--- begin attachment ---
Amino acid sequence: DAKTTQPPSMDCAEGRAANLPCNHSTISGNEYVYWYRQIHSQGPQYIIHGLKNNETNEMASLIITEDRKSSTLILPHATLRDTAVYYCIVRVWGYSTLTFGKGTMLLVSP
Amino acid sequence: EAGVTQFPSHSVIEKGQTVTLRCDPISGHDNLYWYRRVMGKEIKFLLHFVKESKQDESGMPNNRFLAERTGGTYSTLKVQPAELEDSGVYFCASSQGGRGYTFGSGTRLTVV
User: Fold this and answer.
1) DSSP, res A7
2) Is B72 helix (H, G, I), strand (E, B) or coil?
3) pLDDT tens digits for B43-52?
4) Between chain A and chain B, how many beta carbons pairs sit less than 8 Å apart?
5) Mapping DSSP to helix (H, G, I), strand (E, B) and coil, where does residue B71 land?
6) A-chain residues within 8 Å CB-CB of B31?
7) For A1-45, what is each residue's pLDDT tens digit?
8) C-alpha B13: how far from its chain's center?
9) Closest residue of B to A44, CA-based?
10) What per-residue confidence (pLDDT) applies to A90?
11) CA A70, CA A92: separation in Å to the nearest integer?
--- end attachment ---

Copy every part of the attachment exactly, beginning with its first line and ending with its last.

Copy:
Amino acid sequence: DAKTTQPPSMDCAEGRAANLPCNHSTISGNEYVYWYRQIHSQGPQYIIHGLKNNETNEMASLIITEDRKSSTLILPHATLRDTAVYYCIVRVWGYSTLTFGKGTMLLVSP
Amino acid sequence: EAGVTQFPSHSVIEKGQTVTLRCDPISGHDNLYWYRRVMGKEIKFLLHFVKESKQDESGMPNNRFLAERTGGTYSTLKVQPAELEDSGVYFCASSQGGRGYTFGSGTRLTVV
User: Fold this and answer.
1) DSSP, res A7
2) Is B72 helix (H, G, I), strand (E, B) or coil?
3) pLDDT tens digits for B43-52?
4) Between chain A and chain B, how many beta carbons pairs sit less than 8 Å apart?
5) Mapping DSSP to helix (H, G, I), strand (E, B) and coil, where does residue B71 land?
6) A-chain residues within 8 Å CB-CB of B31?
7) For A1-45, what is each residue's pLDDT tens digit?
8) C-alpha B13: how far from its chain's center?
9) Closest residue of B to A44, CA-based?
10) What per-residue confidence (pLDDT) applies to A90?
11) CA A70, CA A92: separation in Å to the nearest integer?